Inflation hit the top of the Reserve Bank of Australia’s target band in the June quarter but that is no cause for concern. The outlook for inflation remains benign, underpinned by soft wage growth, and the exchange rate is no longer putting upward pressure on prices.
On a seasonally-adjusted basis, consumer prices rose by 0.6 per cent in the March quarter, with core measures exceeding market expectations, to be 3.0 per cent higher over the year.
In recent quarters, annual inflation has pushed towards the top of the Reserve Bank of Australia’s target band for inflation of 2-3 per cent but momentum is showing some signs of moderating. This may represent the peak of the inflation upswing, particularly now that the carbon tax is removed.
The major contributors to inflation in the June quarter were medical and hospital services (up by 4.6 per cent), new dwelling purchases by owner-occupiers (up 1.6 per cent) and tobacco (up 3.1 per cent). Offsetting this (albeit to a small degree) were falls in holiday travel and accommodation (down 3.8 per cent), automotive fuel (down 2.7 per cent) and telecommunication equipment and services (down 1.6 per cent).
Core measures of inflation (which remove volatile items) suggest that inflation has picked up a little during the June quarter. The trimmed mean measure rose by 0.8 per cent in the June quarter, to be up by 2.9 per cent over the year. By comparison, the weighted median measure rose by 0.6 per cent to be 2.7 per cent higher over the year.
Should we be concerned about the recent uptick in prices? Could this force the RBA’s hand? Could it raise rates before the non-mining sector is ready?
The answer to all three is an emphatic no. There is no reason to be concerned about recent inflation and, as I mentioned earlier, this may represent the peak of the recent upswing.
The outlook for inflation is remarkably benign. To understand why, we should take a glance at inflation on tradable and non-tradable goods.
On a seasonally-adjusted basis, prices on tradable goods were unchanged in the June quarter, to be 2.9 per cent higher over the year. By comparison, inflation on non-tradable goods rose by a hefty 0.9 per cent, to be 3.1 per cent higher over the year.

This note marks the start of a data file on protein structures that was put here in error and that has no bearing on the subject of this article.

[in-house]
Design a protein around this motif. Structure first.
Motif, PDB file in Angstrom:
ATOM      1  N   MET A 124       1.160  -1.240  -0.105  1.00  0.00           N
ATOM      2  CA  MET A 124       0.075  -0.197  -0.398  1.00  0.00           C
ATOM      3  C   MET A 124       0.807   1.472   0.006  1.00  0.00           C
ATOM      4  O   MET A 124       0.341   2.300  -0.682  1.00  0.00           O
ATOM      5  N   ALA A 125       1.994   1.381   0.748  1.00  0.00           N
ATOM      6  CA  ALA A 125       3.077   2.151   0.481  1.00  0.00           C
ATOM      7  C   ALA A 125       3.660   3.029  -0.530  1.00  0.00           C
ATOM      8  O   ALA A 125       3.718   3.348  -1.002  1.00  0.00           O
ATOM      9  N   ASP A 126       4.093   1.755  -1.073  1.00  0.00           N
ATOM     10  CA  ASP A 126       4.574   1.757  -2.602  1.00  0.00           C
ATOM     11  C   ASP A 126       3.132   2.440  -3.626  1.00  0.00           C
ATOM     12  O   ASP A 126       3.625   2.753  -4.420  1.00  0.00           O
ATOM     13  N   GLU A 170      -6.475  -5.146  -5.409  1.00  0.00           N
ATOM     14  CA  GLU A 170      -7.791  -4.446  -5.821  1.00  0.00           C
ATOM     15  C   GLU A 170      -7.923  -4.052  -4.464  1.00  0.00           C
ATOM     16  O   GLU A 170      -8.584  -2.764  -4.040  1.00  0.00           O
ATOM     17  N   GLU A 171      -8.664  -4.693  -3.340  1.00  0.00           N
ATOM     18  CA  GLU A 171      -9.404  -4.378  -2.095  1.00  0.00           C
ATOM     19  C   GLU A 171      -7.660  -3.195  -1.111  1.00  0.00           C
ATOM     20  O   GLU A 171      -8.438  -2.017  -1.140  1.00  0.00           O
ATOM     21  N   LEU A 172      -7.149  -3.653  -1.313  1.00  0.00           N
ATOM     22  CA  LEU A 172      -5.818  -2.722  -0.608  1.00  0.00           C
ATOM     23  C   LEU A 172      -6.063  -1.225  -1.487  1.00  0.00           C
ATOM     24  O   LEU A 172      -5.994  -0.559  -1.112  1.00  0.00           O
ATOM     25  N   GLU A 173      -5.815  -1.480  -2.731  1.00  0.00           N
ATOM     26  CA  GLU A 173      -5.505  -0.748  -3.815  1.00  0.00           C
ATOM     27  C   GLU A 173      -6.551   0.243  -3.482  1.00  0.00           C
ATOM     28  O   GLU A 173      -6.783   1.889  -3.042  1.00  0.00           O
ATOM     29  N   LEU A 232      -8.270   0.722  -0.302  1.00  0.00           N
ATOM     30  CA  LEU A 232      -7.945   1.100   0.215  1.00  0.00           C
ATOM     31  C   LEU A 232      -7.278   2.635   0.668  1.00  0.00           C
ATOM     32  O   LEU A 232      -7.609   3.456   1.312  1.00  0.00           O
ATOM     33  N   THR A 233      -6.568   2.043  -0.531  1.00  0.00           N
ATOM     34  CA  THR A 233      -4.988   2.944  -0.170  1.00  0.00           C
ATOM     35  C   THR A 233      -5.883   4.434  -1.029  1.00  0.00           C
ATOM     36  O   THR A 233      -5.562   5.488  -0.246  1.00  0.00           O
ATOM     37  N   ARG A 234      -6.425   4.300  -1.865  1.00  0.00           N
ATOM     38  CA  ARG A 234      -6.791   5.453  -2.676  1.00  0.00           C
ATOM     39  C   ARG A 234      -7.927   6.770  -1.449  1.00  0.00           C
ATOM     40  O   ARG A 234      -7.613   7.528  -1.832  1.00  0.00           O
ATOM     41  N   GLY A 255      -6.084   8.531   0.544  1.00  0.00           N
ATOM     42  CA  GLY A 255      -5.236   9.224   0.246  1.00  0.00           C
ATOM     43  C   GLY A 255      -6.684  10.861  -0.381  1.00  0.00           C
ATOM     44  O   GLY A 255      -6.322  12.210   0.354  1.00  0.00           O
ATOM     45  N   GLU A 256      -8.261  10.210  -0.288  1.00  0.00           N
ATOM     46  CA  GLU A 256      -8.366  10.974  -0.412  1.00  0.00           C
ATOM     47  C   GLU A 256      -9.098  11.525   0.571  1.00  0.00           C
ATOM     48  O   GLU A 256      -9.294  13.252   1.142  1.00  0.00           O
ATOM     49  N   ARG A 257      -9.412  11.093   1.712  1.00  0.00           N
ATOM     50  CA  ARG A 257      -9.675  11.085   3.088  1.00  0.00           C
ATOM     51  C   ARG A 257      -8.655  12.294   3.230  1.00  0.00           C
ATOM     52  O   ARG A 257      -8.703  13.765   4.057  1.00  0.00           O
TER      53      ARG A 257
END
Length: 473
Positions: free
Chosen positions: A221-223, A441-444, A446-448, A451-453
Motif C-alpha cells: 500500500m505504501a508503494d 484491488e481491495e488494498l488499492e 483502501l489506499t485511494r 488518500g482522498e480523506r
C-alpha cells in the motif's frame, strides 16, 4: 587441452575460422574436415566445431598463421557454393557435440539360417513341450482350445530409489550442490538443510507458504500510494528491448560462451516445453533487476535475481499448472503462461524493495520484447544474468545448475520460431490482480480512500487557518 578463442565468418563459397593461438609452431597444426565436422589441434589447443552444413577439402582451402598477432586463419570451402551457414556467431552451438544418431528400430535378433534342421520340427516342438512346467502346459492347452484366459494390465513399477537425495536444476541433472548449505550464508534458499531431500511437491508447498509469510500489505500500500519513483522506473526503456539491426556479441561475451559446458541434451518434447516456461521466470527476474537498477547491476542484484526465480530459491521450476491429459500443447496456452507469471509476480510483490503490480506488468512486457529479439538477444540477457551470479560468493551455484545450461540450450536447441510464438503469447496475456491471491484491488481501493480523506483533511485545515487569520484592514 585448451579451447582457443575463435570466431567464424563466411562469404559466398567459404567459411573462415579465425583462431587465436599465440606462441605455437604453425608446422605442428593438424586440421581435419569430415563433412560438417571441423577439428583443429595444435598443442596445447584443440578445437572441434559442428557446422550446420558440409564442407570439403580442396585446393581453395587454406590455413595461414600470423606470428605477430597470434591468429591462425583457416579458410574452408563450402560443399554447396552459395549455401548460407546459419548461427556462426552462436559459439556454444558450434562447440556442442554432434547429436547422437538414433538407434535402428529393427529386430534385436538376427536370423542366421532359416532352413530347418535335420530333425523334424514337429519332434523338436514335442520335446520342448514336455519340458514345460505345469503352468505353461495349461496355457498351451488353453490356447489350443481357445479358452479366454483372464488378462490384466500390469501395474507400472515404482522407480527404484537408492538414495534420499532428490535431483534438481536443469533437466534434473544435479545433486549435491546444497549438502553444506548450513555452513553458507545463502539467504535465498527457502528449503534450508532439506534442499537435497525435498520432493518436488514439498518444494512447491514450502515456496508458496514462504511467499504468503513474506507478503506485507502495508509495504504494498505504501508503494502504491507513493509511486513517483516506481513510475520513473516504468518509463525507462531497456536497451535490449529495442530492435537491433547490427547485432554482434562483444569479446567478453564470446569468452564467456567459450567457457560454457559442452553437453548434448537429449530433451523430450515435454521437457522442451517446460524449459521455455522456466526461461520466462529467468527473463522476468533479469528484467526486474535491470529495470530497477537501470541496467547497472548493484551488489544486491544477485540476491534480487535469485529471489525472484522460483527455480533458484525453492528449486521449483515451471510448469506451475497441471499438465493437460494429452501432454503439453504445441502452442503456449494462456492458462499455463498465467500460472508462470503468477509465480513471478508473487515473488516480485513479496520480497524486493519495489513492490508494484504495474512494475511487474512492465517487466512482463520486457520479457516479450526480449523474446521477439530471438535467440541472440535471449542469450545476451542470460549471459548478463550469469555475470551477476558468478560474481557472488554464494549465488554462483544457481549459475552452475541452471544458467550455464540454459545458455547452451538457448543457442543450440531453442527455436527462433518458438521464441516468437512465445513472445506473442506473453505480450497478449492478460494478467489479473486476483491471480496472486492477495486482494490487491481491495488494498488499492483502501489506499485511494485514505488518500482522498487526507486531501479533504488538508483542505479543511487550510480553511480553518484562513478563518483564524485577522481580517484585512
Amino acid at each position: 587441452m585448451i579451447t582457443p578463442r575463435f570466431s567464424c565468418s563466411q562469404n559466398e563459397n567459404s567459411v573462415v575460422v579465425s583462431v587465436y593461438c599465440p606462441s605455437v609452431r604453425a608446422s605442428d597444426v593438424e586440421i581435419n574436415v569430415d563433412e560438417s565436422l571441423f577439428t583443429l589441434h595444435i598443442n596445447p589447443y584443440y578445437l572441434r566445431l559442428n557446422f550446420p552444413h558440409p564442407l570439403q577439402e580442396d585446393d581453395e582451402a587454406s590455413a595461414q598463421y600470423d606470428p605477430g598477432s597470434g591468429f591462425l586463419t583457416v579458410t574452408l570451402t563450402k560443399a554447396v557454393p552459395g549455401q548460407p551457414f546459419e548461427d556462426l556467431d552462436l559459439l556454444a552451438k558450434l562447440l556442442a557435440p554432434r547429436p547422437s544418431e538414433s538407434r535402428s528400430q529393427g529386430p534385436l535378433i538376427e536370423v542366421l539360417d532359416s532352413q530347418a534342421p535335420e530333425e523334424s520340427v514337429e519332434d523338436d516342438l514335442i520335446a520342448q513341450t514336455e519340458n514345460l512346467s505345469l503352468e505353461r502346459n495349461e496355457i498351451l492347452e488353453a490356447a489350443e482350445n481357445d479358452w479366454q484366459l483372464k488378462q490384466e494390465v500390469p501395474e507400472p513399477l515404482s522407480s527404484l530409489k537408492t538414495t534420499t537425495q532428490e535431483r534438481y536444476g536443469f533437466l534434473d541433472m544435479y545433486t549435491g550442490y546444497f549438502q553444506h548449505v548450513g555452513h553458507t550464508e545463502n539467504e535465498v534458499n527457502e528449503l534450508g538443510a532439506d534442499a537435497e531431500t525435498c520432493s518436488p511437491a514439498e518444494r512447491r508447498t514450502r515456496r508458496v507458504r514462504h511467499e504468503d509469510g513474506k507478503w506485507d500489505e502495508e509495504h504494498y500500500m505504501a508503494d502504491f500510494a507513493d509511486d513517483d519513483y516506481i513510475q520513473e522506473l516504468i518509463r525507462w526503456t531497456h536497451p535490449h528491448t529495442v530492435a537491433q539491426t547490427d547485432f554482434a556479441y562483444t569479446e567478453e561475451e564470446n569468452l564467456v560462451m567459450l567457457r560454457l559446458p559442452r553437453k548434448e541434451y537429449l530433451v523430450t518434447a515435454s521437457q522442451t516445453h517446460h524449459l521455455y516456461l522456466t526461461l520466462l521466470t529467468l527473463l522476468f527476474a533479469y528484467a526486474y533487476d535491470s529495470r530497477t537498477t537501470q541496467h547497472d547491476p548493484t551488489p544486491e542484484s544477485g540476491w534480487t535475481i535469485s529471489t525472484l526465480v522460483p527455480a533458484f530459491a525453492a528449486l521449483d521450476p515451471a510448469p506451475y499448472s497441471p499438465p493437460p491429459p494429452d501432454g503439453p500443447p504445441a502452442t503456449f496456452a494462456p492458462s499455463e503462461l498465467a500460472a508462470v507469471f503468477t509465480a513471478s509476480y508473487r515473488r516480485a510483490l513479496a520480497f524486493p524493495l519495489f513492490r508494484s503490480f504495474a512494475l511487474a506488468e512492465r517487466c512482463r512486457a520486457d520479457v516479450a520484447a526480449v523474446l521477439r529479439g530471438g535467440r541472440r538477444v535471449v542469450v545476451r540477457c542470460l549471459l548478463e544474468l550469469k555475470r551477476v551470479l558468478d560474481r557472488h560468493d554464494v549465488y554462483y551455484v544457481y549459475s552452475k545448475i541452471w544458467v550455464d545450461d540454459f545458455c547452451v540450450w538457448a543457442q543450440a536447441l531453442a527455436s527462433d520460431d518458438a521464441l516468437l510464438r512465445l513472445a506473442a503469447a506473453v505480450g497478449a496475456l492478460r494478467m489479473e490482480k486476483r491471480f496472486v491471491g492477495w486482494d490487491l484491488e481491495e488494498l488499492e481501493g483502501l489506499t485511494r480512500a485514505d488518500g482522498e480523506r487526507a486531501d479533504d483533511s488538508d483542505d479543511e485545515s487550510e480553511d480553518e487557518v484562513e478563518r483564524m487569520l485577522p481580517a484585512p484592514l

The data indicates that the lower Australian dollar, at least compared with this time last year, is no longer placing upward pressure on inflation. As a result, annual inflation on tradable goods is set to moderate and may even begin to decline unless the dollar falls swiftly in the coming months.
But any forecasts for inflation should remember that prices for tradable goods can be particularly volatile: both commodity prices and the exchanges rate can vary significantly from quarter-to-quarter (and day-to-day for that matter). As a result, forecasting is often difficult and shifts in the series often prove temporary. It’s not unusual for many tradable goods to be excluded from measures of core inflation.
On the domestic front, wage growth remains subdued and at its lowest level since at least 1998 (when the data began). Wage expectations should continue to moderate, on the back of a soft labour market, and that will feed through to inflation over the next year or so.
Inflation is set to moderate somewhat in September owing to both tradable and non-tradable goods. The repeal of the carbon tax will also weigh on inflation a little, though not by as much as the federal government has promised. When we get the read for the September quarter, I expect a result of around 2.5 to 2.6 per cent for annual inflation.
Needless to say, that outlook will not concern the RBA. I also expect it to take a forward-looking approach to policy and look through the recent volatility.
In recent communications it has highlighted the benign outlook for inflation and they expect inflation to remain within its target band over the next few years. Since the risks to inflation are to the downside, there is no chance that the RBA will raise rates in the near-term and I see no reason to shift my view that the next move on rates will be down.